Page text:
It’s rare for me to be in social situations where I am uncomfortable and so determinedly correct in my feeling uncomfortable that I address the public about it. An example: over the weekend I sat in a movie theater, high-tops flexed atop the empty chair below me, happily downing an Icee that cost more than most meals I ate in Berlin this summer. It was capitalism and fall break in full, lazy glory, and I rested on several judgments (laurels?)—betting my friend that “everyone coming to see this movie would resemble the characters in it,” squirming after a few seconds of generic acoustic strums during the opening credits, which were rendered in typewriter Courier—but I was at peace with an open mind. Emma Watson portraying a complicated American high schooler who, like Zooey Deschanel in (500) Days of Summer, screeches that she “love[s] The Smiths!” couldn’t be that bad. Especially considering the big-budget context of a film adaptation of Stephen Chbosky’s epistolary novel The Perks of Being a Wallflower, which, being big-budget and all, supposedly necessitates cute-ification.
Until it was that bad. Somewhere between the scenes where Sam (Watson) and Patrick (Ezra Miller, the sole beacon in a filmic sea of miscast teens) toast protagonist Charlie’s (Logan Lerman's) wallflower status (“You see things, and you understand. You’re a wallflower.”) and Charlie passes out in the snow after taking LSD, I turned toward the rows behind me and wondered aloud—with passive-aggressive inflection—why everyone thought these parts were laughable. Unless this was part of some meta-narrative intended by the filmmakers to force moviegoers out of their own wallflower tendencies and into the realm of “participation” that Chbosky elaborates on so beautifully in the novel, I wasn’t buying it.
The movie’s plot is easy enough to follow and to describe, and maybe this is the problem. Circa 1991, Charlie, a high-school freshman dealing with (suggested) mental illness and that damning overly-analytical approach to social life, falls in with a crew of seniors (among them Sam and Patrick). They introduce him to an idea of fun that I can’t really argue with: Smiths-and Beatles-heavy mixtapes, brandy-filled house gatherings and tunnel drives that make everyone “feel infinite.” In the novel, all of this plays out via letters Charlie writes to an anonymous “Friend,” whom he addresses from the get-go: “I am writing to you because she said you listen and understand and didn’t try to sleep with that person at that party even though you could have.” The film begins with Charlie speaking this text, but immediately it feels wrongfully distorted. The book version of The Perks of Being a Wallflower, while in my mind a rough cross between Stargirl, Go Ask Alice and The Catcher in the Rye (which, incidentally, Charlie re-reads obsessively in the novel and not in the movie), is no ordinary bildungsroman. Charlie’s impressionistic observations in the novel meander from vulnerable to befuddled to mundane to prescient. There’s a bit of eccentricity in his voice that’s hard to define, unlike Holden Caulfield’s unilateral cynicism and angst. No matter the entry, Charlie’s letters show how crucial it is to understand himself and his surroundings through writing. When reading, we feel like Charlie is really living through all he describes, sure of nothing save for the unsureness of his own conclusions. This isn’t narration to be performed, and certainly not atop a score of sentimental instrumentation and early-90s indie songs, as well as the blasé Disney Channel movie-style cinematography. All of this gives me pause because Chbosky wrote and directed the film himself. I’m curious about the intentionality behind the film’s generally chipper monotone—excepting the final five minutes of headspinning montage, the closest the film comes to honoring the book’s tone and content—which ensures easy narrative digestion in accordance with the film’s big-budget bloatedness. It seems serving up a glazed-over tale of quirky teenagehood overrode the challenging prospect of staying true to the novel’s wandering and often very intense—but always honest—essence.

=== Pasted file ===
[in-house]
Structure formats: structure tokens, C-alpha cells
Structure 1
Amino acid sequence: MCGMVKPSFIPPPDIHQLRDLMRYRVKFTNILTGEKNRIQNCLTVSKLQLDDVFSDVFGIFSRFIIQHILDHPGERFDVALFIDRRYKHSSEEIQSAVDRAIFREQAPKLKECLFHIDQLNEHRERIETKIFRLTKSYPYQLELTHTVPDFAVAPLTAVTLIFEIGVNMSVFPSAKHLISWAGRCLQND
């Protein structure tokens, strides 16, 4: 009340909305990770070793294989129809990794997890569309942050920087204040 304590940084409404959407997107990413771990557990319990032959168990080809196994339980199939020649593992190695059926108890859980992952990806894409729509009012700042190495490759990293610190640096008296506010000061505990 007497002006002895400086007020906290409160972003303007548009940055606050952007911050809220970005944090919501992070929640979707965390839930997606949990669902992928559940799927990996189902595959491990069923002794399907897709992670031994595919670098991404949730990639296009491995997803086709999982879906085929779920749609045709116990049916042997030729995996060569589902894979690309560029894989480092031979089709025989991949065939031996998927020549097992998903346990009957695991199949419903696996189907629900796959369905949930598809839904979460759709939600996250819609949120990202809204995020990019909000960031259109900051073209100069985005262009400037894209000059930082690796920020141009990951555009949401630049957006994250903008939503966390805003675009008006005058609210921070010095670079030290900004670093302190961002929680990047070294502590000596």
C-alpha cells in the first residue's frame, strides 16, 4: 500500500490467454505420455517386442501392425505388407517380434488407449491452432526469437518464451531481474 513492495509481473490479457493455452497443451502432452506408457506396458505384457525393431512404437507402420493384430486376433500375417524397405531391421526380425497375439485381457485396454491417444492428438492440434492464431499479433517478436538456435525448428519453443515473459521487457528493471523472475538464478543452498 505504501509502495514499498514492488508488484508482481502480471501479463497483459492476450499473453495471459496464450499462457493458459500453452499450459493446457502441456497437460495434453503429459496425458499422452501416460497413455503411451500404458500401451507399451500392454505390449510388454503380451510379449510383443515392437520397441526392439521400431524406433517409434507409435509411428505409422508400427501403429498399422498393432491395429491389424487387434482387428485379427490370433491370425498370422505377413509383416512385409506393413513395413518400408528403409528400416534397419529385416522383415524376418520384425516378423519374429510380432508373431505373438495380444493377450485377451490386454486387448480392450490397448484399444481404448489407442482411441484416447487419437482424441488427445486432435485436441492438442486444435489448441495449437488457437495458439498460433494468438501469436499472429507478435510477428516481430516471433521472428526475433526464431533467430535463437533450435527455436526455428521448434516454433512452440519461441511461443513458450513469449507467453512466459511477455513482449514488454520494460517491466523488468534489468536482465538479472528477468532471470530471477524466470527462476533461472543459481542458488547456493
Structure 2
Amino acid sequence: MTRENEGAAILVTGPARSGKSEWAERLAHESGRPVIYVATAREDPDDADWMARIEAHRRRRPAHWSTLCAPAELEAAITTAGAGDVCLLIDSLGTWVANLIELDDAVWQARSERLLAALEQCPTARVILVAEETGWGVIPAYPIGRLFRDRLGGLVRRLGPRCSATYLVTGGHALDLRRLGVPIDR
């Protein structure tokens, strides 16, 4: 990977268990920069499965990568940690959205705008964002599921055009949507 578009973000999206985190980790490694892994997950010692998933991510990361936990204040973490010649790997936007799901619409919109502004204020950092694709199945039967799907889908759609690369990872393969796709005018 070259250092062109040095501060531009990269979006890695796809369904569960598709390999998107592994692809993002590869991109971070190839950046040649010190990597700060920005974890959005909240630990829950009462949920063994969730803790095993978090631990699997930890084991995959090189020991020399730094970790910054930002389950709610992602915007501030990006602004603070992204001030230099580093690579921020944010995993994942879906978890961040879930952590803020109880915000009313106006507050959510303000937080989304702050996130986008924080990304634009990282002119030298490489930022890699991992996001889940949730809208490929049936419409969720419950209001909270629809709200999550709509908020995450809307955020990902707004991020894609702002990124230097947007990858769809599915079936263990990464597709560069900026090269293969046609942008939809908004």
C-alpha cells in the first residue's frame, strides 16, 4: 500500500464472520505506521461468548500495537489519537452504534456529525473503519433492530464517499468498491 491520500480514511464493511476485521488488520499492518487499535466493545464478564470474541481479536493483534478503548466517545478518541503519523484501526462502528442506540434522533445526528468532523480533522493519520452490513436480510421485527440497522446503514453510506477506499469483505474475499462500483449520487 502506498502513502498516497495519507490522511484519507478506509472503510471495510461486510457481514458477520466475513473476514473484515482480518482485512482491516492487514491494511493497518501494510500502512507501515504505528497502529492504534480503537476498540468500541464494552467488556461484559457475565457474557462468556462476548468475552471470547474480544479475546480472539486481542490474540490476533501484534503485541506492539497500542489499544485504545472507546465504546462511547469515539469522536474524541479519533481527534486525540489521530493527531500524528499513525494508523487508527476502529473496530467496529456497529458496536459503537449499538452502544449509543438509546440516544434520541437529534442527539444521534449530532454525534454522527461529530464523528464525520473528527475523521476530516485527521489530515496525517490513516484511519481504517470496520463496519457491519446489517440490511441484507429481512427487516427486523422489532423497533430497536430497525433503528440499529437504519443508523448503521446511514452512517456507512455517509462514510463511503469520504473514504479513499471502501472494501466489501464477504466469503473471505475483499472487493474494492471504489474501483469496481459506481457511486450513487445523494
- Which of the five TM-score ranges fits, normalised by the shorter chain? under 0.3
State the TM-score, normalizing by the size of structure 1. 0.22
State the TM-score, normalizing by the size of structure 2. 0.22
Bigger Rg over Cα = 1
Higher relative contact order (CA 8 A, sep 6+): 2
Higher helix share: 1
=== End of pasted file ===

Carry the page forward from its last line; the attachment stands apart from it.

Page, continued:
So why is it that I still get chills when I re-watch the trailer for this film? There’s something in me that wants so badly to like it more than I do, a part of me strongly defensive of my identification with Perks’ themes. Moreso, though, I feel icky about people pledging allegiance to this film without having read, and felt something, about the book. And this isn’t coming from Michaela the elitist bookmonger, waving the chartreuse paperback over a crowd of pubescent girls as they trample her en route to Urban Outfitters. It’s coming from someone who took the book up again this past week after a seven-year gap and was a little freaked out—first by how nuanced the text actually is; second by how I wanted everyone I know to read/re-read the book at this point in our young adult lives; and third by how eerily discordant the book and film feel.